(Reuters Health) - People who live in cities where the air is polluted by factories and traffic fumes may not live as long as they would have with cleaner air, a recent study suggests.
Researchers focused on ozone, an unstable form of oxygen produced when various types of traffic and industrial pollution react with sunlight. Worldwide, about four in five people in urban areas are exposed to ozone levels that exceed safe levels recommended by the World Health Organization, the study team notes in The BMJ.
The study looked at ozone levels and deaths in 406 cities in 20 countries around the world. It found that overall, about 6,000 deaths a year in those cities could be prevented if stricter air quality standards reduced ozone levels below the WHO-recommended maximum of 100 micrograms per cubic meter of air (mcg/m3).
“Our study confirms the evidence from previous studies on the adverse health impacts associated to the exposure to ground-level ozone,” said lead study author Ana Maria Vicedo-Cabrera of the University of Bern in Switzerland.
“Patients should be aware of the risks of the exposure to high levels of ozone, in particular when their health is already compromised,” Videco-Cabrera said by email.
Air pollution has long been linked to higher risks of heart attacks, strokes, asthma attacks and other respiratory problems with the potential to shorten people’s lifespan. Less is known, however, about how much exposure to ozone levels higher than WHO limits might directly impact longevity, the study team notes.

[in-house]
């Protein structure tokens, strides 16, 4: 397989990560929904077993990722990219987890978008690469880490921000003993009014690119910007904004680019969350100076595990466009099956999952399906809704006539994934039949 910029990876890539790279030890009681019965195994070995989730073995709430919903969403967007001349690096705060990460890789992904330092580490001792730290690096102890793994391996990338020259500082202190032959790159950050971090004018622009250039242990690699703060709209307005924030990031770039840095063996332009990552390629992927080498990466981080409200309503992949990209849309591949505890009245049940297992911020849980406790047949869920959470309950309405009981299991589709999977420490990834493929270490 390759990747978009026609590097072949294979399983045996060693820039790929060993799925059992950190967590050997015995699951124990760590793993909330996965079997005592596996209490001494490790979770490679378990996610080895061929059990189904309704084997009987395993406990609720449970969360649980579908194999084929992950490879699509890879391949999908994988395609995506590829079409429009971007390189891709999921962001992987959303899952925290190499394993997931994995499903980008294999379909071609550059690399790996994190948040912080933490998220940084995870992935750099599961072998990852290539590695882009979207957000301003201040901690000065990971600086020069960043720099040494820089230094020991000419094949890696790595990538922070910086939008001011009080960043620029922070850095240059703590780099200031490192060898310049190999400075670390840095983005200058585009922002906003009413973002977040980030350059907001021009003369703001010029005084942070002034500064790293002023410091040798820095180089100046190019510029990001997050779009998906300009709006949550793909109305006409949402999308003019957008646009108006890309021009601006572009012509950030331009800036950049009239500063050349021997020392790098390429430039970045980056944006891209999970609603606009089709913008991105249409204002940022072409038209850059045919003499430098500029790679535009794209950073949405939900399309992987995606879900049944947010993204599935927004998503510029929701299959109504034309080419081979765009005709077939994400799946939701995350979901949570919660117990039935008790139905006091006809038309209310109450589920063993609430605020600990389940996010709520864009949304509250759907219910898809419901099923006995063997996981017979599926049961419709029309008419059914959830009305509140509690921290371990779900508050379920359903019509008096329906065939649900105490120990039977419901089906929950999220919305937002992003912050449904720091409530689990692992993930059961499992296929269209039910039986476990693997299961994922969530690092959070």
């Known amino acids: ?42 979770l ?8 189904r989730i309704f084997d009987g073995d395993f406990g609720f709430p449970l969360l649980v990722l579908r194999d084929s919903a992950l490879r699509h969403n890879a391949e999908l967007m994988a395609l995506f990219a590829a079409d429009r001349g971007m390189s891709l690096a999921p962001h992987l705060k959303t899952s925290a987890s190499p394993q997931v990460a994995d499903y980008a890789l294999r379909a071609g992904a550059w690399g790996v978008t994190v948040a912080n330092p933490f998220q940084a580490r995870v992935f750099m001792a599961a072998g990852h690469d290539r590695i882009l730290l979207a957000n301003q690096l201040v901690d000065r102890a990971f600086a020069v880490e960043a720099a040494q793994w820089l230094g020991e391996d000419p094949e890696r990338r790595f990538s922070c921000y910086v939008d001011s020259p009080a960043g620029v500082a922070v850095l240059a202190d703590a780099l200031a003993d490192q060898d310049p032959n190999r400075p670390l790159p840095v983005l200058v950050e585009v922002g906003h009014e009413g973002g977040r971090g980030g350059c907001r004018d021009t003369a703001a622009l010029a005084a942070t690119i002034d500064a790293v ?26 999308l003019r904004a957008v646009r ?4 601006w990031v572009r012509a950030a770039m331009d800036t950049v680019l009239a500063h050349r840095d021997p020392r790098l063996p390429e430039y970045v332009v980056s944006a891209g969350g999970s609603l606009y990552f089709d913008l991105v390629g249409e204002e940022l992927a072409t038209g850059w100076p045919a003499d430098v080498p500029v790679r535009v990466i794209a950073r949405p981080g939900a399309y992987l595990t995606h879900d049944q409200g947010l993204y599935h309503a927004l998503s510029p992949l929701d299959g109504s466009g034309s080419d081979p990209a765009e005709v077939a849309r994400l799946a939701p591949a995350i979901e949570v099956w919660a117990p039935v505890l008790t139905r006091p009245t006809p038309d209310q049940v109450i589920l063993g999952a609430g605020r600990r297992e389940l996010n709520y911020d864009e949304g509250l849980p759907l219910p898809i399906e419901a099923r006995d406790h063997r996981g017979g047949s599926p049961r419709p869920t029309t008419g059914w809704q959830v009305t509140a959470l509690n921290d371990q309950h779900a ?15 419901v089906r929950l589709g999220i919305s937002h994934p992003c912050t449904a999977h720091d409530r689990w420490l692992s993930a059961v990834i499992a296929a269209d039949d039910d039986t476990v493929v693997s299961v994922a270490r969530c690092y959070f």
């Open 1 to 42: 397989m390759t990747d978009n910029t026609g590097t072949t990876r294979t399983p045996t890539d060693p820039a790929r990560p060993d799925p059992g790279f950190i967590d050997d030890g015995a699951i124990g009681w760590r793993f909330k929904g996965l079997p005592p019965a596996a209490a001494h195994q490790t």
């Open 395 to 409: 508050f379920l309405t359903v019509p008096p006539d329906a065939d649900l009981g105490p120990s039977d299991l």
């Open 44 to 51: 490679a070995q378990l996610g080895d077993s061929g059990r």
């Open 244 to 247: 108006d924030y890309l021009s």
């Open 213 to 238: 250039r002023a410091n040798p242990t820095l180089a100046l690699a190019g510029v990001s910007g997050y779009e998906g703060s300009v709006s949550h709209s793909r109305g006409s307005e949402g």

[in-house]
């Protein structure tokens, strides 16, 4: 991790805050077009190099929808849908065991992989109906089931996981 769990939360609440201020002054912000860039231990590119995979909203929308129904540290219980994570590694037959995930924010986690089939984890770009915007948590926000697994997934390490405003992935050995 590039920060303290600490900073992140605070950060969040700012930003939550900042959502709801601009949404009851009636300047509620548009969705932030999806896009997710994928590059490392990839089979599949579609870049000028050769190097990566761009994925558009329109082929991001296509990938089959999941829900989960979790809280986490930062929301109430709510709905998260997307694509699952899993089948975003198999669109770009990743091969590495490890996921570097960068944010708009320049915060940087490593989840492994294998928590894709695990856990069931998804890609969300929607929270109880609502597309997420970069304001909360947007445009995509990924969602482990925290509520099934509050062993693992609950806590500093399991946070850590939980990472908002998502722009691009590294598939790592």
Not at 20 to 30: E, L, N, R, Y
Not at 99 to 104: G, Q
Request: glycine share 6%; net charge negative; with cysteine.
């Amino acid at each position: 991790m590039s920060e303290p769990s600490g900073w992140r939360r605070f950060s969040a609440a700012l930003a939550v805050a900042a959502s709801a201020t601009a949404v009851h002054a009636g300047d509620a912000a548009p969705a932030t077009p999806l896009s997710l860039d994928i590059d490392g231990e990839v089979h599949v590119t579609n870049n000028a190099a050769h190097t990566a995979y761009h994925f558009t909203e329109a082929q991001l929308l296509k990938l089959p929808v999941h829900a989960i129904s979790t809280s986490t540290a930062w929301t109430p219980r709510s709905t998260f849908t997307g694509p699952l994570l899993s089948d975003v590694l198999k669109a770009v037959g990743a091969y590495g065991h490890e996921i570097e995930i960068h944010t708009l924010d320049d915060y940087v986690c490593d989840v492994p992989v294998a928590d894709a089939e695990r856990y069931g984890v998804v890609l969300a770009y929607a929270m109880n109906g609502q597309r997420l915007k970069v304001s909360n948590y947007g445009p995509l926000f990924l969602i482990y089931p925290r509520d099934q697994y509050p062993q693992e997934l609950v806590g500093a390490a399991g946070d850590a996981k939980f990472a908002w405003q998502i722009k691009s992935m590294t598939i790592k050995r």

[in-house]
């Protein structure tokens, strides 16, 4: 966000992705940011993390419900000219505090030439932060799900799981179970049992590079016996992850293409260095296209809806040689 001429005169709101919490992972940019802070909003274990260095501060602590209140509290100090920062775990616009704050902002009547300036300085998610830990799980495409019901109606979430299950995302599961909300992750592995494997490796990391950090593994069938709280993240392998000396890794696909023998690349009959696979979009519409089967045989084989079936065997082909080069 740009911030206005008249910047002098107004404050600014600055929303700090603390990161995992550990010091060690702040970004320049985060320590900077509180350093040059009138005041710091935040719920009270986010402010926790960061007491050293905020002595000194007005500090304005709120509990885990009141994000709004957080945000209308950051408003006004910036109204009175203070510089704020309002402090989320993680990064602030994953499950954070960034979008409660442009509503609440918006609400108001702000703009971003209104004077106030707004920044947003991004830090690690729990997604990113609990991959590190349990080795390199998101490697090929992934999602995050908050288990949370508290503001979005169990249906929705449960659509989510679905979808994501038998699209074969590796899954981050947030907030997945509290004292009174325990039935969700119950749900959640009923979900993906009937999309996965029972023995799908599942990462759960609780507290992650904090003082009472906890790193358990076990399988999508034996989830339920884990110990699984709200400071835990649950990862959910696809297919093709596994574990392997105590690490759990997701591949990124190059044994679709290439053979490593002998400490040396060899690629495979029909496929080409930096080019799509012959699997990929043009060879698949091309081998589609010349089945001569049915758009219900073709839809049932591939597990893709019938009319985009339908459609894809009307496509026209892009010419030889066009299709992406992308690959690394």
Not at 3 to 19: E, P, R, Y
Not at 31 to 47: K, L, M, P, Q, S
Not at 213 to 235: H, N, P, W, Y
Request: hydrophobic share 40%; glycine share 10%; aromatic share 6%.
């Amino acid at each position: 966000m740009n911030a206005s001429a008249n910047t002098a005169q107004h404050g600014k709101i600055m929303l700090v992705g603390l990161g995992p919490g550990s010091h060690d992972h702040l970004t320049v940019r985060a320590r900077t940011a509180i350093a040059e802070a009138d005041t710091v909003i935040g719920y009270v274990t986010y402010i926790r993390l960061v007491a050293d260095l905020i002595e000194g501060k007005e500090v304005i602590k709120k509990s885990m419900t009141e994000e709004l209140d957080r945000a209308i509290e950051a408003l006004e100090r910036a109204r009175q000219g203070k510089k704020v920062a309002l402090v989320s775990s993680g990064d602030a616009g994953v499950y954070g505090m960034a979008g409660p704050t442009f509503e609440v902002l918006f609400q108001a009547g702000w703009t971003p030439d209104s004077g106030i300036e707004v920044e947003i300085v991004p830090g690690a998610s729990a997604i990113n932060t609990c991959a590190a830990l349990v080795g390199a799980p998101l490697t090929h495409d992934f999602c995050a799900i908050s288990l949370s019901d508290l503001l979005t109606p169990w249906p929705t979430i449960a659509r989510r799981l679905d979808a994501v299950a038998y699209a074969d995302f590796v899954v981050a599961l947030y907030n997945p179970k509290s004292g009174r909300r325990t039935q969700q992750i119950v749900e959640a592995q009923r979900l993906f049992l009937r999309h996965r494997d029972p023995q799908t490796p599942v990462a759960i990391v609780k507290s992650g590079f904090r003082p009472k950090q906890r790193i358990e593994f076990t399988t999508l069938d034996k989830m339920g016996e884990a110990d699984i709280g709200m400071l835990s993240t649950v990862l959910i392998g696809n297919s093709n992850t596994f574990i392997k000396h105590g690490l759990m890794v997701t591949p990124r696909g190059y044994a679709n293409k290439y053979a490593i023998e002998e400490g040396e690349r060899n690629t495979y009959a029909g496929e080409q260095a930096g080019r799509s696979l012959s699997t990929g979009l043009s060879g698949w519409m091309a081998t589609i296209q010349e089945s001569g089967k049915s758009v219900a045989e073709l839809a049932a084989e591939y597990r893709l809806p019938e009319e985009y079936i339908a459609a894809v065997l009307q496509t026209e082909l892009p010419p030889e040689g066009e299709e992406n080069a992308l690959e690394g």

In the current study, researchers examined data on ozone levels and more than 45 million deaths between 1985 and 2015.
On average, a 10 mcg/m3 increase in ozone during the current and previous day was associated with a 0.18% increased risk of death, the study team found.
Even when cities had ozone concentrations below WHO limits, levels between 70mcg/m3 and 100mcg/m3 were still associated with an increased risk of death during the study period. This suggests that even stricter air quality standards might be needed, the study team concludes.
The study wasn’t designed to determine whether or how ozone exposure might cause premature deaths.
The researchers also didn’t have enough data from certain regions of the world, including South America, Africa, and the Middle East, to craft a truly global estimate of how ozone exposure impacts longevity. The ozone assessment also didn’t look at outdoor versus indoor air quality.
“We don’t fully understand the entire pathway from ozone exposure to mortality,” said Dr. Frank Gilliland, a researcher at the University of Southern California in Los Angeles who wasn’t involved in the study.
“We do know that ozone is a toxic gas that produces airway and systemic oxidative damage and inflammation when inhaled these adverse effects are likely to have large impacts on those with health problems such as respiratory conditions or who are frail from aging,” Gilliland said by email.
SOURCE: bit.ly/2UKNecD The BMJ, online February 10, 2020.
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